Your Competitive Environment

Environmental Awareness
Alert, awake, and prepared to respond to normal or unusual stimuli in an appropriate manner is an indicator to ourselves and to others as to how aware we are of our environment. Often times our peers and co-workers will “test” our knowledge of current events and highly controversial topics; this test is not necessarily for the sake of testing but in the interest of holding a conversation. However, the resulting analysis and mental printout from that conversation is what will inevitably be shared with that peer’s family, friends, and co-workers. Was this an average conversation = no need to report, abnormally arduous conversation = report negative, or an incredibly fun and enlightening conversation = report positive. We are humans, social animals, and therefore, we share our experiences; it’s a normal expected occurrence.

It is this same vein of thought that business owners must be vigilant about maintaining an awareness of their company’s environment.

SEE: Your Core Discovery

Competitive Analysis
As part of the initial business plan most business owners complete a thorough analysis of their company’s environment. They know who their competitors are and they have carved out their niche in the market based upon the analysis. However, as the rigors of running a business set in, finding the time and objectivity becomes the obstacle to completing an appropriate and comprehensive analysis.

Our competitive environment is constantly changing so, if you operate based on stale information you may actually work against your cause - giving your competition the advantage.

Trend Identification
Maintaining awareness of your company’s environment on a regular monthly, quarterly, and annual basis helps the business owner to identify relevant changes in trends as well as emerging trends. Especially in turbulent economic times and times of uncertainty proactive monitoring enables proactive action and decision making versus reactive emergency response.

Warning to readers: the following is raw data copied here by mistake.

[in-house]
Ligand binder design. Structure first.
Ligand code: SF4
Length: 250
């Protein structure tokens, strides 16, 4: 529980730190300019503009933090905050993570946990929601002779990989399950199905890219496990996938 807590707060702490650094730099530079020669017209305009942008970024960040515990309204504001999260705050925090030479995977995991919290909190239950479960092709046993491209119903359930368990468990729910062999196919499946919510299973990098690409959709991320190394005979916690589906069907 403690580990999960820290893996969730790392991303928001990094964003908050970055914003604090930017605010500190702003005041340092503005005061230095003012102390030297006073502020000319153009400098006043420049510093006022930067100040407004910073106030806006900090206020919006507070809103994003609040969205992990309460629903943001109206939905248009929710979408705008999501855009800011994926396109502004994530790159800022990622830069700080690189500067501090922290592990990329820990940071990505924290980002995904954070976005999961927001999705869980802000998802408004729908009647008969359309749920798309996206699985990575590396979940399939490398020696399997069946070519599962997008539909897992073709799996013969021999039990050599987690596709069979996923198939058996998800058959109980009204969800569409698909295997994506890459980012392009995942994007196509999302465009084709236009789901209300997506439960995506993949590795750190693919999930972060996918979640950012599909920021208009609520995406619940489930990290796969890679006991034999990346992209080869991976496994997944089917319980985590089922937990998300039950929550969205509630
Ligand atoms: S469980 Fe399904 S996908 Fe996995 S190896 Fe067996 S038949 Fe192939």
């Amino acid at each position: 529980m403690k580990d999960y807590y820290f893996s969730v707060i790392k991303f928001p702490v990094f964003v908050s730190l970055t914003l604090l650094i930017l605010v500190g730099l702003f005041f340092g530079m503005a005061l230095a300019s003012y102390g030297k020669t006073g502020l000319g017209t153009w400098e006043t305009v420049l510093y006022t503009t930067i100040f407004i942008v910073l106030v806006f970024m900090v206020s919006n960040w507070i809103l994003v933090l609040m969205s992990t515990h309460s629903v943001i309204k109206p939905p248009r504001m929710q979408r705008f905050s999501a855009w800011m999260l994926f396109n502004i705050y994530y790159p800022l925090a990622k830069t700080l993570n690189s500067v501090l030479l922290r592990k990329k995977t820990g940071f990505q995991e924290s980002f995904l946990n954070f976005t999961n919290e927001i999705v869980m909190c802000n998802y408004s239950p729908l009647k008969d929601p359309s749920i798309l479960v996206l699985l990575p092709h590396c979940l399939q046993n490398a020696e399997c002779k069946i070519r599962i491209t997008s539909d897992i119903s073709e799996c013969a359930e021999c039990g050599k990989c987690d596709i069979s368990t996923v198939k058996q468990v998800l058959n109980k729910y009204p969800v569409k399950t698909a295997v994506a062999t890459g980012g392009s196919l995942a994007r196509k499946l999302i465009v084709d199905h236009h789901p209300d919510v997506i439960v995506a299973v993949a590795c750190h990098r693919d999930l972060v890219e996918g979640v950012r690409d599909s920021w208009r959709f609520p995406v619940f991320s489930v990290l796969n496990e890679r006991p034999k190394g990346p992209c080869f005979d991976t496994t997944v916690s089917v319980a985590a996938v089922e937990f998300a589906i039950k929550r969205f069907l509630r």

Identification of macro and micro level trends specific to your company’s environment is valuable no matter the size of the business. Also, you may find a slight edge over the competitor that lacks relevant competitive intelligence.

SEE: Integrated Marketing Part I

Much like competition, demographics are constantly changing. Not necessarily every year; however, you never know when a significant shift will occur unless you monitor your landscape.

Composed of age, gender, race, employment level, salary level, education level, location, home ownership, and consideration of factors that impact your company’s demographics such as births, deaths, and area industry concentrations - there are a lot of moving parts. However, monitoring is crucial to the planning process. Noting significant shifts in demographics and any correlations to preferences helps the business owner to determine when perhaps increasing product B is more appealing in the coming year versus product A.

Strategic Direction
All of the aforementioned factors help to ensure that your business maintains an attuned strategic direction. How can you possibly know how many units you can expect to sell without having a real sense of your market? What happened last year is not sufficient for projecting this year’s growth, shifts, and revenue. Is there increased competition? Is there readily available market share due to the exit of a competitor? Is there a market opportunity due to the increased buying power of a market segment? Are you in position to capitalize? Or has the industry experienced a reduced barrier to entry that could threaten your market share?

These are not difficult questions. They are simply the questions we ask of our business peers to gauge their degree of environmental awareness.

SEE: Competitive Analysis

About the Author

Maisha Smart, MBA founded Finance and Marketing to help small businesses excel, by bridging the gap between finance and marketing processes. Some of her favorite activities include fine arts, a good debate, and social engagement.

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